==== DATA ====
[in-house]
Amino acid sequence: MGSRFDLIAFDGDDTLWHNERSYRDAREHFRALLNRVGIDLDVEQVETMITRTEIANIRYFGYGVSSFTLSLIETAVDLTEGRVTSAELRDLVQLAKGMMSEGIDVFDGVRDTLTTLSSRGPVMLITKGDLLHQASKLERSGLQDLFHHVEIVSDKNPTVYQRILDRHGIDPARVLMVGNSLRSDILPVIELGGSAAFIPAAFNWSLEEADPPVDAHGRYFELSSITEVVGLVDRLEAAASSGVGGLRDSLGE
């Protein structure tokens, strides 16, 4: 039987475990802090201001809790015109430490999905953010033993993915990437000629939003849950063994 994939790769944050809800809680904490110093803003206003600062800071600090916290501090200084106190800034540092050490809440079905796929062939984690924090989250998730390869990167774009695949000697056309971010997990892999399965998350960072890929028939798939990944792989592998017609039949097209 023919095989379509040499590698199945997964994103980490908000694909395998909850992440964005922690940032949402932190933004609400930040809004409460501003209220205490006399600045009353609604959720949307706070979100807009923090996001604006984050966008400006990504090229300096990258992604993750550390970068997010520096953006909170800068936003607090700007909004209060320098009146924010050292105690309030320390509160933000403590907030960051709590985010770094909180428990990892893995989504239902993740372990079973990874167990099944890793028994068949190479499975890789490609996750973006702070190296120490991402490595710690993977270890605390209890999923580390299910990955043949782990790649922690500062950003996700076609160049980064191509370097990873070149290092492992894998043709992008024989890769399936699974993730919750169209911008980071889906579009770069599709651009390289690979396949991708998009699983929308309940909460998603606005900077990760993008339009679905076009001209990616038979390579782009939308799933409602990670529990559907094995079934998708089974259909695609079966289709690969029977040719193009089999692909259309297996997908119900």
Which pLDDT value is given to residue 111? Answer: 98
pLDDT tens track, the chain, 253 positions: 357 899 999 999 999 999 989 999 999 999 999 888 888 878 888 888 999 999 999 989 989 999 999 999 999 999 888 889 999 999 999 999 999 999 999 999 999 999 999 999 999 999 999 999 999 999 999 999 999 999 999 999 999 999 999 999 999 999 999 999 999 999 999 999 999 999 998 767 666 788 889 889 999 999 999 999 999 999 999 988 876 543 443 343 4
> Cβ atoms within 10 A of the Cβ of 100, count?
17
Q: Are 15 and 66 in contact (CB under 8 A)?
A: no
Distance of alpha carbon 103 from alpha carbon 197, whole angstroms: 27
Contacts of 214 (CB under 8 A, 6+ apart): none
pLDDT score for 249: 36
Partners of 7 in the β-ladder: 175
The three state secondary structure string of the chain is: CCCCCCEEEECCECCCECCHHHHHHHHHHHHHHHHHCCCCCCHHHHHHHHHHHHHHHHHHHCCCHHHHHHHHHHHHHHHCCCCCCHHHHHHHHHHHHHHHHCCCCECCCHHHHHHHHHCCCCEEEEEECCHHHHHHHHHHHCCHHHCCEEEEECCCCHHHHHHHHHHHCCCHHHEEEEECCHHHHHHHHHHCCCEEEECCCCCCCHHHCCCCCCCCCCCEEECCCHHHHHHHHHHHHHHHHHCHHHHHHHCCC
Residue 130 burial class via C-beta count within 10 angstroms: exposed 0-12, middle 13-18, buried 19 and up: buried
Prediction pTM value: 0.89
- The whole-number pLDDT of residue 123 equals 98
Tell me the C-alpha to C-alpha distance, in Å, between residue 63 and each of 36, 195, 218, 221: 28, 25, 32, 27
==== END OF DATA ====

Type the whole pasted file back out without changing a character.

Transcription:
[in-house]
Amino acid sequence: MGSRFDLIAFDGDDTLWHNERSYRDAREHFRALLNRVGIDLDVEQVETMITRTEIANIRYFGYGVSSFTLSLIETAVDLTEGRVTSAELRDLVQLAKGMMSEGIDVFDGVRDTLTTLSSRGPVMLITKGDLLHQASKLERSGLQDLFHHVEIVSDKNPTVYQRILDRHGIDPARVLMVGNSLRSDILPVIELGGSAAFIPAAFNWSLEEADPPVDAHGRYFELSSITEVVGLVDRLEAAASSGVGGLRDSLGE
């Protein structure tokens, strides 16, 4: 039987475990802090201001809790015109430490999905953010033993993915990437000629939003849950063994 994939790769944050809800809680904490110093803003206003600062800071600090916290501090200084106190800034540092050490809440079905796929062939984690924090989250998730390869990167774009695949000697056309971010997990892999399965998350960072890929028939798939990944792989592998017609039949097209 023919095989379509040499590698199945997964994103980490908000694909395998909850992440964005922690940032949402932190933004609400930040809004409460501003209220205490006399600045009353609604959720949307706070979100807009923090996001604006984050966008400006990504090229300096990258992604993750550390970068997010520096953006909170800068936003607090700007909004209060320098009146924010050292105690309030320390509160933000403590907030960051709590985010770094909180428990990892893995989504239902993740372990079973990874167990099944890793028994068949190479499975890789490609996750973006702070190296120490991402490595710690993977270890605390209890999923580390299910990955043949782990790649922690500062950003996700076609160049980064191509370097990873070149290092492992894998043709992008024989890769399936699974993730919750169209911008980071889906579009770069599709651009390289690979396949991708998009699983929308309940909460998603606005900077990760993008339009679905076009001209990616038979390579782009939308799933409602990670529990559907094995079934998708089974259909695609079966289709690969029977040719193009089999692909259309297996997908119900």
Which pLDDT value is given to residue 111? Answer: 98
pLDDT tens track, the chain, 253 positions: 357 899 999 999 999 999 989 999 999 999 999 888 888 878 888 888 999 999 999 989 989 999 999 999 999 999 888 889 999 999 999 999 999 999 999 999 999 999 999 999 999 999 999 999 999 999 999 999 999 999 999 999 999 999 999 999 999 999 999 999 999 999 999 999 999 999 998 767 666 788 889 889 999 999 999 999 999 999 999 988 876 543 443 343 4
> Cβ atoms within 10 A of the Cβ of 100, count?
17
Q: Are 15 and 66 in contact (CB under 8 A)?
A: no
Distance of alpha carbon 103 from alpha carbon 197, whole angstroms: 27
Contacts of 214 (CB under 8 A, 6+ apart): none
pLDDT score for 249: 36
Partners of 7 in the β-ladder: 175
The three state secondary structure string of the chain is: CCCCCCEEEECCECCCECCHHHHHHHHHHHHHHHHHCCCCCCHHHHHHHHHHHHHHHHHHHCCCHHHHHHHHHHHHHHHCCCCCCHHHHHHHHHHHHHHHHCCCCECCCHHHHHHHHHCCCCEEEEEECCHHHHHHHHHHHCCHHHCCEEEEECCCCHHHHHHHHHHHCCCHHHEEEEECCHHHHHHHHHHCCCEEEECCCCCCCHHHCCCCCCCCCCCEEECCCHHHHHHHHHHHHHHHHHCHHHHHHHCCC
Residue 130 burial class via C-beta count within 10 angstroms: exposed 0-12, middle 13-18, buried 19 and up: buried
Prediction pTM value: 0.89
- The whole-number pLDDT of residue 123 equals 98
Tell me the C-alpha to C-alpha distance, in Å, between residue 63 and each of 36, 195, 218, 221: 28, 25, 32, 27